“Marijuana decriminalization efforts in the Maryland General Assembly advanced further than ever before this past session. With this momentum and the new report, the ACLU of Maryland will continue advocating for reform of Maryland’s racially biased and aggressive penalization of marijuana possession, which has torn communities apart, not improved public safety, not eradicated use, and has been a colossal waste of money.”

At least as importantly, Maryland gubernatorial candidate Heather Mizeur announced that she will propose marijuana legalization if elected.  Her campaign issue pages and well-researched legislative plan lay out some of the same reasons noted above — and points out that between revenues from taxation and savings from reassigned law enforcement priorities, Maryland could benefit hugely from legalizing marijuana:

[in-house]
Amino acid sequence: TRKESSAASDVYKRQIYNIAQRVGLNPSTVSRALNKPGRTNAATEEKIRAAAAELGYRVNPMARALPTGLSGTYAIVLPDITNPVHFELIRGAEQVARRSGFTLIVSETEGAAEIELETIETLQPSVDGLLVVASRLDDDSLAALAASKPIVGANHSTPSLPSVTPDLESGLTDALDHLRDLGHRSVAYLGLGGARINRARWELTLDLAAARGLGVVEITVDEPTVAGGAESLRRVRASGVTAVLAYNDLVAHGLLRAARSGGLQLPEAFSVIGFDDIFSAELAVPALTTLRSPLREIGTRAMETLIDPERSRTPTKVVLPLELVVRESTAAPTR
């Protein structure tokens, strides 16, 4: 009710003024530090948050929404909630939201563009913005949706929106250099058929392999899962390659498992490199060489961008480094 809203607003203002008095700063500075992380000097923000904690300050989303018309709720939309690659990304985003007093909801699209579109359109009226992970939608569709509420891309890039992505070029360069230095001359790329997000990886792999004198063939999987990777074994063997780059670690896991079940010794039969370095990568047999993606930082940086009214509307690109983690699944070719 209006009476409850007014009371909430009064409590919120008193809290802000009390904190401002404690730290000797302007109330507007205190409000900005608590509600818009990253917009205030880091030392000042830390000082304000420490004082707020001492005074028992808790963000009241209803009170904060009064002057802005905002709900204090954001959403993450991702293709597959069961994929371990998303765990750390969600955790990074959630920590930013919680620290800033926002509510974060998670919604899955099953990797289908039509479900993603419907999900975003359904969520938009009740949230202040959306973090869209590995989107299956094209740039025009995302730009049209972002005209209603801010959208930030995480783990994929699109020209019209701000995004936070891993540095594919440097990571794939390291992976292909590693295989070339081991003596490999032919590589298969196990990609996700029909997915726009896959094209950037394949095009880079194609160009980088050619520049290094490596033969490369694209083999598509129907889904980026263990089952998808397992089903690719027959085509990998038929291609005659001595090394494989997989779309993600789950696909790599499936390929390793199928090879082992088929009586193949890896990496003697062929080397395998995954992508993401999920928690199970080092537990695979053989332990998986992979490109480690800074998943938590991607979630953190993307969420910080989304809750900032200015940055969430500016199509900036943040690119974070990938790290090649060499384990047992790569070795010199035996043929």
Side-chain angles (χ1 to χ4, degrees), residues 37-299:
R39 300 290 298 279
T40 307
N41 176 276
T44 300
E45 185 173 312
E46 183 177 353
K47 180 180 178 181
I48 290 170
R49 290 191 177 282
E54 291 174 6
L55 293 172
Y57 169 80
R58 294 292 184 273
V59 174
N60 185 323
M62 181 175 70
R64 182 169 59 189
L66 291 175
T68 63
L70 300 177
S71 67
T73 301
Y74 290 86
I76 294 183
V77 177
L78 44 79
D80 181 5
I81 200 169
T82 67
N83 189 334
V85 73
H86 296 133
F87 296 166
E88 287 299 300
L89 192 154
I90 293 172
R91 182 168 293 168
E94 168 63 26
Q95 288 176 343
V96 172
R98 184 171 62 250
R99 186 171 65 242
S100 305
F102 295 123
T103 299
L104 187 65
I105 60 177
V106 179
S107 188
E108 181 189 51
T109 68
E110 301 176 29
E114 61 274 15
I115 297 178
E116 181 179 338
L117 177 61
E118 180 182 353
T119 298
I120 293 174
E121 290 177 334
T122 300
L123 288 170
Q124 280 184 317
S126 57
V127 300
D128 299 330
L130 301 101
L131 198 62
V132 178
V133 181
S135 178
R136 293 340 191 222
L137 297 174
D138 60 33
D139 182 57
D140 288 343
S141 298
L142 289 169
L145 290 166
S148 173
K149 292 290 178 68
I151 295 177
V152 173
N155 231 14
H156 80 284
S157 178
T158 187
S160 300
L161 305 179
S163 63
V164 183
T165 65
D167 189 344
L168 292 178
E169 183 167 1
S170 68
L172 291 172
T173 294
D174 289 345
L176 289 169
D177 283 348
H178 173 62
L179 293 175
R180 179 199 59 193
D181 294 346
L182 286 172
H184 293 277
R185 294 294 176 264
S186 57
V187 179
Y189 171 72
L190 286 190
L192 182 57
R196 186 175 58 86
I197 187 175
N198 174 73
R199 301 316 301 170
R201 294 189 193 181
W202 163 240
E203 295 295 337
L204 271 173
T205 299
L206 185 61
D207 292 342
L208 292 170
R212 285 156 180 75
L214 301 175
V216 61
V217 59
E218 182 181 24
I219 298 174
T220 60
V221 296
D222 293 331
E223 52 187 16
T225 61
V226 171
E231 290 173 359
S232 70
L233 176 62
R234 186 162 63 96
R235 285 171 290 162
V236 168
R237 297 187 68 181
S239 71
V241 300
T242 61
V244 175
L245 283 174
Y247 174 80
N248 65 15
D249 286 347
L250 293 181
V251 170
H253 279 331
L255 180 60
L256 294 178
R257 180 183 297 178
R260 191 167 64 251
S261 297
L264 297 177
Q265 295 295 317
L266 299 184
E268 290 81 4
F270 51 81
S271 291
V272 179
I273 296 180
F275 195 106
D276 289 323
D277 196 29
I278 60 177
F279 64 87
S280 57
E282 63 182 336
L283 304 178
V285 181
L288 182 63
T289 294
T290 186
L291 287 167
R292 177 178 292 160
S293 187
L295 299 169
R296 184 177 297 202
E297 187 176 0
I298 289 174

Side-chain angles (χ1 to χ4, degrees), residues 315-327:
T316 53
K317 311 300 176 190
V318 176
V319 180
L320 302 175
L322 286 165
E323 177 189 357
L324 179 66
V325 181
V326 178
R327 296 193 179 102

Adults 21 and over will be allowed to possess up to an ounce of marijuana without violating state law… Smoking of marijuana will not be allowed in public, indoor or out.  …It will continue to be illegal to drive under the influence of marijuana… It will continue to be illegal for anyone under the age of 21 to purchase, possess or consume marijuana. [...] As governor, Heather Mizeur will legalize, regulate, and tax marijuana, generating up to $157.5 million in new annual revenue.  The revenue will be used to create a dedicated funding stream for her proposed expansion of Maryland’s early childhood education system.  [...]  The financial cost of criminalizing marijuana is significant.  According to a 2009 study, our state wastes as much as $281.7 million per year enforcing overly punitive marijuana prohibition laws.

That’s a turnaround of nearly half a billion dollars — in a state forced in its last budget to cut mental health funding by $7 million and cut contributions to state employees and teachers pension fund by $100 million.  But above all:

Legalizing and regulating marijuana will save tens of thousands of people from misguided and unnecessary involvement in our debilitative criminal justice system – 43% of whom would likely end up becoming recidivists entangled in the system time and again.

Our choices